Diarrhea is characterized by loose, watery stools that occur more frequently than usual. This condition is more common during summer, as heat speeds up food decomposition. Symptoms of diarrhea usually last a couple of days, but sometimes it can last for weeks. In these cases, diarrhea can be a sign of a serious disorder (such as inflammatory bowel disease), or a less serious condition (such as irritable bowel syndrome).
Table of Contents
Symptoms and Causes
Some of the main symptoms of diarrhea include:
- frequent, loose, watery stools
- abdominal cramps,
- abdominal pain,
- blood in stools,
- and bloating.
Diarrhea occurs when food and fluids pass too quickly and/or in too large an amount through your colon. Your colon absorbs liquids from the food you eat, leaving a semisolid stool. However, if the liquids aren’t absorbed, the result is a watery bowel movement.
Common causes of diarrhea include:
- bacteria and parasites (from contaminated food or water; common bacterial causes include campylobacter, salmonella, Shigella and Escherichia coli; diarrhea caused by bacteria and parasites can be common when traveling in developing countries and is often called traveler’s diarrhea),
- medications (the most common are antibiotics),
- lactose intolerance,
- artificial sweeteners (sorbitol and mannitol),
- surgery (some people may experience diarrhea after undergoing abdominal surgery or gallbladder removal surgery),
- and other digestive disorders (Crohn’s disease, ulcerative colitis, celiac disease, microscopic colitis and irritable bowel syndrome).
Most cases of diarrhea clear on their own in a couple of days without treatment. If you have tried lifestyle changes and home remedies for diarrhea without success, you should see a doctor. He will probably recommend you medications or other treatments.
Meanwhile, you can try the following changes in your lifestyle to help you to recover from diarrhea:
- drink plenty of liquids (at least 8 glasses of water, broths, and juices) every day to stay hydrated,
- avoid caffeine, alcohol and certain foods, such as dairy products (except yogurt), fatty foods, high-fiber foods or highly seasoned,
- eat brown rice and carrots (fresh carrot juice or carrot purée, several times a day),
- add semisolid and low-fiber foods gradually as your bowel movements return to normal (soda crackers, toast, eggs, rice, and chicken),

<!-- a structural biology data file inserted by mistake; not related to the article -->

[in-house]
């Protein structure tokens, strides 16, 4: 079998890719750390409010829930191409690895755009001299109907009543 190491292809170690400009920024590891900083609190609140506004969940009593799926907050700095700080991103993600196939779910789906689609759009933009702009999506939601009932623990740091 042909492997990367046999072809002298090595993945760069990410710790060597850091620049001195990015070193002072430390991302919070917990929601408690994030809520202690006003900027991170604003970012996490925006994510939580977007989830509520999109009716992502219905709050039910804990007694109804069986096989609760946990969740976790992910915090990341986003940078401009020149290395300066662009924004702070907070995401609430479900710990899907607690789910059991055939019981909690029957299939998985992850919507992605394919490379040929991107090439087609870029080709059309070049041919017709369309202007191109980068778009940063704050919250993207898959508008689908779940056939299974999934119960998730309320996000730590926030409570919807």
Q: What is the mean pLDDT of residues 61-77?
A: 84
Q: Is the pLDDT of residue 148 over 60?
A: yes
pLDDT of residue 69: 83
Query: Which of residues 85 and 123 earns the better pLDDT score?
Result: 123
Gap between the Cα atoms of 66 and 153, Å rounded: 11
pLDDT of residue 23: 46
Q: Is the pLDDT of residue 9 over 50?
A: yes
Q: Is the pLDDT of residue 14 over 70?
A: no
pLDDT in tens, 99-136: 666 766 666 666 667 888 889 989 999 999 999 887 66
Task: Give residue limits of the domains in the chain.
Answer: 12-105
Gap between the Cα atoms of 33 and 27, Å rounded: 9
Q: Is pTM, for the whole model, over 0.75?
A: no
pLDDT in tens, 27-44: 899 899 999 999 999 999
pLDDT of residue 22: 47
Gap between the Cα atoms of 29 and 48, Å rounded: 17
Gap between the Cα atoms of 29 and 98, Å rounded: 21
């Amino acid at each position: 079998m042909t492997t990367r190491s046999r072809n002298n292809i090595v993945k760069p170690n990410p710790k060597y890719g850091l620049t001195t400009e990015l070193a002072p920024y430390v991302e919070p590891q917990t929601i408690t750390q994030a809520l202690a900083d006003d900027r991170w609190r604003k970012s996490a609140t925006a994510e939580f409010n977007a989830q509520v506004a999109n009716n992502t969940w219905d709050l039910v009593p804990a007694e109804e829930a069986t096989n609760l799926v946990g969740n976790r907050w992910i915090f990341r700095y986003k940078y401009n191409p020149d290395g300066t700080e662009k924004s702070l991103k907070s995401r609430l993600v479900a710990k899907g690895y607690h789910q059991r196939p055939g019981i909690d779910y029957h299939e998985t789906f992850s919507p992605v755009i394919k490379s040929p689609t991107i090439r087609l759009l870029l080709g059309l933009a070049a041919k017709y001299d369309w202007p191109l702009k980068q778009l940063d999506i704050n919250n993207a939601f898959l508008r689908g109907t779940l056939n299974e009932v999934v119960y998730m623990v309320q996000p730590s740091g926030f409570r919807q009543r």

- consider probiotics (they may boost the number of healthy bacteria present in your digestive tract; beneficial bacteria may be found in yogurt).
- and get rest.
Some ways of preventing diarrhea are the following:
- wash frequently and lather with soap for at least 20 seconds,
- use hand sanitizer,
- serve food right away or refrigerate it,
- thaw frozen items in the refrigerator,
- wash work surfaces frequently.
- 2 bowls yogurt.
- 1 banana (optional).
- Eat 2 bowls of yogurt a day.
- Add or eat a banana with your yogurt for added benefits.
- 1 stick of cinnamon.
- 2 cups water.
- Boil the stick of cinnamon in the water for 3 minutes.
- Drink this tea throughout the day.
- 1 small piece of fresh ginger (if it is not available, you can use powdered ginger).
- 1 teaspoon honey.
- 1 cup water (depending on the recipe).
- Grate a piece of ginger.
- Add one teaspoon of honey.
- Eat the mixture to improve your digestive process (and avoid drinking water immediately after eating it).
- You can also make a ginger tea and drink it 2-3 times a day. Add one small piece of ginger to one cup of water. Boil the water for a few minutes, strain it and add some honey.
4. Apple cider vinegar
- 1 teaspoon apple cider vinegar.
- 1 glass water.
- Add one teaspoon of apple cider vinegar to a glass of water.
- Drink the solution with each meal.
5. Chamomile tea
- 1 tea bag of chamomile tea or 1 teaspoon chamomile flowers.
- 1 teaspoon peppermint leaves.
- 1 cup boiling water.
- Steep the chamomile and the peppermint in a cup of boiling water for 15 minutes.
- Drink 3 cups a day.
- Also, the tannins in ordinary black tea have an anti-diarrheal effect.